Although our privacy is more assured, future genealogists will not find the gems that we do in newspaper archives. All the more reason for you to start writing about yourself!

1 “Lapaz Items,” Marshall County [Indiana] Independent, 27 April 1900, p. 5, col. 5.
2 “Lapaz Items,” The Plymouth [Indiana] Tribune, 2 July 1903, p. 4, col. 4.
3 “Saturday,” The Plymouth [Indiana] Tribune, 1 September 1910, p. 5, col 2.
4 “Saturday,” The Weekly [Walkerton, Indiana] Republican, 14 March 1912, p. 2, col 3.
5 “Lapaz Items,” The Plymouth [Indiana] Tribune, 28 January 1909, p. 5, col. 6.
6 Mary Ann (Eyster) Johnson, “Diary,” 10 April 1898, n.p.; privately held by the Pine Creek Church of the Brethren, North Liberty, St. Joseph County, Indiana.

Privacy and the Genealogist Part 1


Have you ever Googled yourself? If not, take a moment and do so. If you have, then you know how much information about you is readily available at the click of a few keystrokes.
I understand why many people are greatly concerned that their personal information is “out there.” In the uncertainty of today’s world, we’ve all heard horror stories of identify theft and Craig’s list murders. It makes us more cautious and fearful.
Recently, I took an interactive webinar by Thomas MacEntee about finding living persons. Why would you want to find the living? It’s the best way to make contact with folks you are related to that may just have the information you are seeking. I though it very interesting and I totally agree with Thomas that using snail mail is the most effective way to make initial contact. People are more apt to respond to you if they have the time to process the contents. Additionally, the distance between you and them provides a sense of security. Think about it! If you telephone the individual you have caught them off guard and no one likes to feel that way. Emailing can work but may go to spam. I never tried texting someone I don’t know but if I received a text from a stranger I certainly wouldn’t respond.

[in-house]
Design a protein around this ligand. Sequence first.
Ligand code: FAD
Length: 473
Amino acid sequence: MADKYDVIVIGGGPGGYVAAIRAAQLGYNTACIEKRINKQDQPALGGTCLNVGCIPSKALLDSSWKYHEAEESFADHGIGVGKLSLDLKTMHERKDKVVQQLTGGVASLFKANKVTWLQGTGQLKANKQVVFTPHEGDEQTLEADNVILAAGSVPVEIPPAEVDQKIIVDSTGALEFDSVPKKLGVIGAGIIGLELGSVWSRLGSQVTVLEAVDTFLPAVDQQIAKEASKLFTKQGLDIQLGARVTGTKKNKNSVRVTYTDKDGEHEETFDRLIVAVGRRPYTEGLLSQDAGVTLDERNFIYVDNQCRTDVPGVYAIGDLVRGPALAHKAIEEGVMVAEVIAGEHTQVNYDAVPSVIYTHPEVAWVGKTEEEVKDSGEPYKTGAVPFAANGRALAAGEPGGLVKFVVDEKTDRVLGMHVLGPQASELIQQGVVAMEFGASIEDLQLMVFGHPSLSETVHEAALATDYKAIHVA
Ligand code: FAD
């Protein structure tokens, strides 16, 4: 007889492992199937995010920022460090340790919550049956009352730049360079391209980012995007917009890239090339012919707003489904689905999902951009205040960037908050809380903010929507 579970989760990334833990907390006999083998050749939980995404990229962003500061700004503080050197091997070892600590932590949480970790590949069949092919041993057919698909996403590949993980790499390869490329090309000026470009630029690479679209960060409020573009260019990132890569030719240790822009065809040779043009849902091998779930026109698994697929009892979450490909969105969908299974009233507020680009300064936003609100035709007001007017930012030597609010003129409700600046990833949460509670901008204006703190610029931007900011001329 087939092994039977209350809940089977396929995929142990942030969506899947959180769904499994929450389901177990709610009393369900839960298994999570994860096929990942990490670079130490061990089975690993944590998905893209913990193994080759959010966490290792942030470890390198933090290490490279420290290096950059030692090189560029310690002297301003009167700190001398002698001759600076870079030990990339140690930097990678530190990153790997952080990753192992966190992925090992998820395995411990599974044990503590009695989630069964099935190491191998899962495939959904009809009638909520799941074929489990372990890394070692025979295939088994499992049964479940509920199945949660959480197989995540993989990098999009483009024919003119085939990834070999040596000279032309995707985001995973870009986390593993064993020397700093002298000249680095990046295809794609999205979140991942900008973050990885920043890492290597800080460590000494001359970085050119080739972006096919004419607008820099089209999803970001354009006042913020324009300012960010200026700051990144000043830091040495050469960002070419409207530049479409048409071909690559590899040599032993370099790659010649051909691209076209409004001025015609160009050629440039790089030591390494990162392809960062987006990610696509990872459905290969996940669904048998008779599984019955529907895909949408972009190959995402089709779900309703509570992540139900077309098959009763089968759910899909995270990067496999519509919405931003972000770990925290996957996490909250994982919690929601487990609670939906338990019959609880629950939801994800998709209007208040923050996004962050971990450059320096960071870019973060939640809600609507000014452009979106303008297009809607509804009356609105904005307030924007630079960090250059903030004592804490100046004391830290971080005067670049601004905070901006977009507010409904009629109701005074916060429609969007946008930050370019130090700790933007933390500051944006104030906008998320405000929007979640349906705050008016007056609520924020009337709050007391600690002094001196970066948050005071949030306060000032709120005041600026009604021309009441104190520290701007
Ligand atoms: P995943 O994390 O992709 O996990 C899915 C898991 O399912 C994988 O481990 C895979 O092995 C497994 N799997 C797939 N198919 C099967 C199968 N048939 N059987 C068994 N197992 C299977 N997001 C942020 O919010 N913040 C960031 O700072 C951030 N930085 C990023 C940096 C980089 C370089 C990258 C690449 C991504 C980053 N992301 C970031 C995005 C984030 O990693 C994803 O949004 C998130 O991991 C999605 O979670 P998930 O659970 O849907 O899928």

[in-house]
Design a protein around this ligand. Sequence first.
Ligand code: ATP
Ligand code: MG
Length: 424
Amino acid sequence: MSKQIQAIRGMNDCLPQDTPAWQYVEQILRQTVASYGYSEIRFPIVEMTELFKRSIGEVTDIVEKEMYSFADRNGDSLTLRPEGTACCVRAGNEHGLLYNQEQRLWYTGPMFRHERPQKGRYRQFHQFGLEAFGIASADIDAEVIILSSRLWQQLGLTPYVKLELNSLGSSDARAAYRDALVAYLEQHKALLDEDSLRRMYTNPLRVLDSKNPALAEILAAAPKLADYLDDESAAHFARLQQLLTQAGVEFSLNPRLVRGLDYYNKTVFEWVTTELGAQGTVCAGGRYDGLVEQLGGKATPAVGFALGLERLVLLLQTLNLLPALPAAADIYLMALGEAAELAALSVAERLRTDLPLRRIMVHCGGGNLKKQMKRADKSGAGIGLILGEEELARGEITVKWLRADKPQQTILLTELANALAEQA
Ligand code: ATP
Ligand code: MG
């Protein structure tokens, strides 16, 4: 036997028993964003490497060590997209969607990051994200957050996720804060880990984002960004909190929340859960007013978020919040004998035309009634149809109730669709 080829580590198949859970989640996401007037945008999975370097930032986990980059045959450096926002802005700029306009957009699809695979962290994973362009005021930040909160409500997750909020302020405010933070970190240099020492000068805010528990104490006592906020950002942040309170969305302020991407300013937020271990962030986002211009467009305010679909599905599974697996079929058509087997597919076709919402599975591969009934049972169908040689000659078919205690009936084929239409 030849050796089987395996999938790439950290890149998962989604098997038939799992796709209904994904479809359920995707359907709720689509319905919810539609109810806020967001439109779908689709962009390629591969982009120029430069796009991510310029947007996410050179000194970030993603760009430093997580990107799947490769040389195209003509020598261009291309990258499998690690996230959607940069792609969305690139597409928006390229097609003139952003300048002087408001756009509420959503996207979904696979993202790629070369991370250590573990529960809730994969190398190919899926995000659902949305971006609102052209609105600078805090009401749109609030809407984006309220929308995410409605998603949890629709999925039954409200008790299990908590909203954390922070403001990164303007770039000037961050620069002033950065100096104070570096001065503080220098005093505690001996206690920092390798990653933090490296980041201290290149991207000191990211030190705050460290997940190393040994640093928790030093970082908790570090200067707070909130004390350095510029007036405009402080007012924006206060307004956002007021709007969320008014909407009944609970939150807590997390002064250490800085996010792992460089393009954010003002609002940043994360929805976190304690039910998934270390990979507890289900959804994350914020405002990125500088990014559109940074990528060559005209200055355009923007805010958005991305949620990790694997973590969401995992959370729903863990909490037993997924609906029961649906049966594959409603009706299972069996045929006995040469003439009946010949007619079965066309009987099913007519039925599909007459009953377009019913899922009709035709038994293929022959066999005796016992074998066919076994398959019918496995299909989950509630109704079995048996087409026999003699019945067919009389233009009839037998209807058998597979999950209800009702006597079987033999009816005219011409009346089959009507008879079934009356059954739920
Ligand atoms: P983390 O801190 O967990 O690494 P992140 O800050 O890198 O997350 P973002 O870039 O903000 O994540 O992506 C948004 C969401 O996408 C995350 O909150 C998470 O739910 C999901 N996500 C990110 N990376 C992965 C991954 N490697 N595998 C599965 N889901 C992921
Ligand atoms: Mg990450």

When I write a letter to an individual I do not type it. I typically print as cursive can be difficult for older eyes (and though I haven’t written to anyone under 20, if I did they most likely wouldn’t be able to read it since it isn’t taught in school any longer.) Printing also sends the message that you took the time to be personal. I keep it short which is often difficult for me to do! In the first paragraph I introduce myself and explain my connection. The second paragraph explains what I’m seeking – a Bible record or a photograph, for example. The third paragraph gives ways to contact me that are more expedient than mail, such as my phone and email address. I also offer to pay for the cost of copying and mailing. I always end with “looking forward to hearing from you soon.”
Does this always work? No, but it might and has so give it a try! I’ve been successful in many cases. I can only think of once where I didn’t get a response and possibly, the individual did not have the information and being in his 90’s, was not able to let me know that. In two other situations I did make contact but the individuals were “too busy” to get the information to me. Both emailed me that they would but after a few reminders over the course of a year it didn’t occur. I haven’t given up hope yet as last fall, I connected with the son of one of my deceased’s mother’s friends. The friend had recently died and the son, while cleaning, found my name and contact information as I had sent a Christmas card 15 years ago right before she moved from our area. The son had newspaper clippings of my wedding and events my mom had attended with his mother. So you never know who has your personal information! In my next blog I’ll continue discussing privacy and share some examples of why I believe, like Thomas, that we have more privacy today than in the past.